Dr. Nicolas Regaud on the Climate and Security Podcast

In the latest episode of The Climate and Security Podcast, host Dr. Sweta Chakraborty talks to Dr. Nicolas Regaud, Special Representative to the Indo-Pacific of the Director General for International Relations and Strategy at the French Ministry of Armed Forces, and Participant in the International Military Council on Climate and Security. Nicolas explains the French point of view on the importance of acting efficiently on climate change, given that there are French nationals and territories all over the world and in areas especially vulnerable to the impacts of a warming planet. The French military plays a critical role in safeguarding its global citizens, neighbors and critical infrastructure against the impacts of climate change; as well as in providing maritime security in close partnership with regional allies. Listen to this episode to learn more about French defense activities globally and in the key warming-affected region of the Indo-Pacific.

The Center for Climate and Security’s video podcast takes climate change out of its environmental box, and brings it to the big kid’s table of national and international security. Featuring a series of exclusive dialogues with leading security, military and foreign affairs experts, the podcast explores our responsibility to prepare for a rapidly-changing world.

Subscribe to the Center for Climate and Security’s YouTube channel to never miss an episode! Or listen to the audio version on iTunes or Stitcher, and subscribe now to get real-time updates. If you’re one of those already subscribed on iTunes, we always welcome your ratings and reviews, as this helps us get the podcast out there to more listeners!

IMCCS Leaders in New Australian Documentary on Climate and Security

Breakthrough, an independent Australian think tank, today released Part One of its new climate and security documentary, Home Front. In it, interviewees from the military, business and humanitarian communities describe the myriad security threats driven by a changing climate, ranging from political instability and economic collapse, to sea level rise risks to Australia’s numerous military installations along its significant coastline.

The 15-minute segment also touches on the controversial climate-migration nexus, which if misinterpreted could feed hyper-nationalist narratives and policies that themselves can have a destabilizing effect on security. However, as one interviewee, John Blackburn AO, Former Deputy Chief of the Royal Australian Airforce, wisely notes:

Simply putting up a barrier, and running around with a few Navy ships and contract ships stopping people coming in boats, might work today, it will not work in ten or fifteen years if what we anticipate with climate change happens.

The documentary also features key experts from the International Military Council on Climate and Security (IMCCS), among others.

Sherri Goodman, Secretary General of the IMCCS and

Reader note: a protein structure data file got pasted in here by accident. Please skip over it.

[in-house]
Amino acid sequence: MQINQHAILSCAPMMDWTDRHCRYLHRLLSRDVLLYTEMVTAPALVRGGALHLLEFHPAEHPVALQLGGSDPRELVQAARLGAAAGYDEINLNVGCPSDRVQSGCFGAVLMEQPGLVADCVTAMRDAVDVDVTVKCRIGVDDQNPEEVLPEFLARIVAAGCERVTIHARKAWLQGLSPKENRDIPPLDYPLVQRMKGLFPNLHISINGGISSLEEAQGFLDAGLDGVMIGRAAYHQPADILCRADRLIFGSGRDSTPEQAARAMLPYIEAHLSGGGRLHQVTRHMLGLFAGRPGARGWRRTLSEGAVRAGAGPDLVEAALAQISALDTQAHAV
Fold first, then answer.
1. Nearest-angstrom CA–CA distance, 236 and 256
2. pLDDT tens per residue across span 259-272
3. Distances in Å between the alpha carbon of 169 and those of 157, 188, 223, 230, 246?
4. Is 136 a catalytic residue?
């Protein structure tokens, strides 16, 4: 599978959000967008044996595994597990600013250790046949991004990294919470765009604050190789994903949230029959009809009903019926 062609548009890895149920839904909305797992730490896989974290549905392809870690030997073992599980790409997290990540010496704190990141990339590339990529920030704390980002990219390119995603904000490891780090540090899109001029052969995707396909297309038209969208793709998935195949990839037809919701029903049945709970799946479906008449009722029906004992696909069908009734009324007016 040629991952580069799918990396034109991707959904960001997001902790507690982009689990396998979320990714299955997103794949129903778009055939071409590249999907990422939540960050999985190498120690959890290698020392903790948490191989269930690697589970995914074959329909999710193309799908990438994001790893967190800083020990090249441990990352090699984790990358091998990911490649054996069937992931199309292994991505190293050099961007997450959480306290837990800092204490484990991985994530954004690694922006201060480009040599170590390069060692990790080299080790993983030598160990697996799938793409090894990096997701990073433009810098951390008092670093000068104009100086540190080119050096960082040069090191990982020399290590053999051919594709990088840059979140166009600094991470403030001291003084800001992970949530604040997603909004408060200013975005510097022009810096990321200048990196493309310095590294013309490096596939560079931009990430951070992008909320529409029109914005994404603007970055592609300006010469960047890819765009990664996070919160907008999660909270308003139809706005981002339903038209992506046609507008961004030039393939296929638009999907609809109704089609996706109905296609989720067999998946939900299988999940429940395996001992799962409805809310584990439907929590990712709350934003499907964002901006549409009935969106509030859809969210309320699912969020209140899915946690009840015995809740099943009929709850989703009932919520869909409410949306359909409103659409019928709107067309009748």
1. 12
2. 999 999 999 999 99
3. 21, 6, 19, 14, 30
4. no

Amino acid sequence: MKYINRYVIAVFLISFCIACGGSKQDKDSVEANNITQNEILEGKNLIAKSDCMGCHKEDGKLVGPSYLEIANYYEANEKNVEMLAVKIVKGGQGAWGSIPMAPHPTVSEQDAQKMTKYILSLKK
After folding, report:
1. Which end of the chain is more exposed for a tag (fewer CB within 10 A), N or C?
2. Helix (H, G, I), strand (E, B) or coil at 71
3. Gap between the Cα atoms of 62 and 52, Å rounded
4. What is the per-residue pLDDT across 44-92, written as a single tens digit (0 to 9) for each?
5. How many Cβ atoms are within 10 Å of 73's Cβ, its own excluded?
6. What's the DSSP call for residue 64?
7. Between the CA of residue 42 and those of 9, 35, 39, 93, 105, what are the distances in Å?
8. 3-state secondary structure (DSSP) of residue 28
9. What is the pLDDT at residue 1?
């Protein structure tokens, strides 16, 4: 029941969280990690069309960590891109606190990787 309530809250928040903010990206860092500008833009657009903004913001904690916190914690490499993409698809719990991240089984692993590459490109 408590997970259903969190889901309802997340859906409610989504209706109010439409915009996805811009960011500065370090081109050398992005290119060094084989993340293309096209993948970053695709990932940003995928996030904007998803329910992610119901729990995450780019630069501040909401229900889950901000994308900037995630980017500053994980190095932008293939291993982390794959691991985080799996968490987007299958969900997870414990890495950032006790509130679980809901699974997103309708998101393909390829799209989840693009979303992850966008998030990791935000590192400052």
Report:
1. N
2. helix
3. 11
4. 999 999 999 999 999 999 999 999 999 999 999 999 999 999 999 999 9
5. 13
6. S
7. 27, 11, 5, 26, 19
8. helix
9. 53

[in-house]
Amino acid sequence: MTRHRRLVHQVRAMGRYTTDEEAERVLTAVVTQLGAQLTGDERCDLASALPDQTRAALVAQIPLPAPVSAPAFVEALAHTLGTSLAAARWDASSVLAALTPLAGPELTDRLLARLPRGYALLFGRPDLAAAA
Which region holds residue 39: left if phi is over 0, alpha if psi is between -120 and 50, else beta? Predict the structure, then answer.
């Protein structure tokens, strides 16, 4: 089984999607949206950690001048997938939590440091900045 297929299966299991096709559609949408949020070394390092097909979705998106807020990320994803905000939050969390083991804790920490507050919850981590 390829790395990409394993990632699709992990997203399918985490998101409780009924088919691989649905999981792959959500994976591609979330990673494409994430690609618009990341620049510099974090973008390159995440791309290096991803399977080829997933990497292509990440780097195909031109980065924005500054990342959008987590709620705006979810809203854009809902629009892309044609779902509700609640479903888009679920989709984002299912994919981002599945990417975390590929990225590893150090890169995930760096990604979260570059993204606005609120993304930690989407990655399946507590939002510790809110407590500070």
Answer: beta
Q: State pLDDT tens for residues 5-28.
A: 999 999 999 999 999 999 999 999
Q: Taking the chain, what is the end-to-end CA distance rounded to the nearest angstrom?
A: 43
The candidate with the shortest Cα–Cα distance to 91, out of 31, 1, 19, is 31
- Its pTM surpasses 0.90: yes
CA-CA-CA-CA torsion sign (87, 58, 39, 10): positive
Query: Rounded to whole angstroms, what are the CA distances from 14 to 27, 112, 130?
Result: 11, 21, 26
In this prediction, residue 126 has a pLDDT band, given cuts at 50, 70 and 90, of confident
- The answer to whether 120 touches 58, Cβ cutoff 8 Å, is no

Senior Strategist with the Center for Climate and Security (CCS), notes in the segment that our current response to climate change is not commensurate to its threat profile. Specifically:

In the Cold War, we spent billions of dollars of American GDP to deter and prevent a low probability but very high consequence event of the threat of a bolt out of the blue nuclear attack by the Soviet Union. Today, we face a threat in climate change that is higher probability, and equally high consequence, and yet we are not addressing it with the same alarm and attention.

Dr. Michael Thomas, retired Major in the Australian Army, Participant in the IMCCS and Senior Fellow for Security Sector Education at CCS, highlights the unpreparedness of the Australian Defence Force to deal with cascading, simultaneous disasters resulting from climatic changes, or as he calls it, the “risk of simultaneity.” Full quote:

Consider for example, if we were to have an extreme weather event in the South Pacific, maybe we would have two in the future scenarios. How does the ADF [the Australian Defence Force] actually respond to those two simultaneous events. The military often call this the risk of simultaneity. The ability for the Australian Defence Force to respond to multiple events. Climate change poses such scenarios.

Admiral (Ret) Chris Barrie, former Chief of the Australian Defence Force (Ret), focuses on the connection between climate change and instability, stating:

Instability becomes the term that we use in connection with climate change consequences. But instability means people getting angry and doing something about it.

In all, the interviewees seemed to agree that Australia has a lot more to do in order to comprehensively meet the threat of a changing climate.

To watch the full segment, click here. There’s a short trailer for Part 2 at the end of it.

Louise Van Schaik on the Climate and Security Podcast

In the latest episode of The Climate and Security Podcast, host Dr. Sweta Chakraborty talks to Louise Van Schaik, Senior Member of the Executive Committee of the International Military Council on Climate and Security (IMCCS). Louise discusses the relationship between climate change, security and migration from a European perspective. She describes the evolution of the Planetary Security Initiative and how it had worked to help reduce and reverse security risks associated with climate change. She emphasizes the importance of identifying and undertaking climate adaptation actions for the purpose of conflict prevention and peace building efforts. Check out the incredible examples Louise provides in this episode!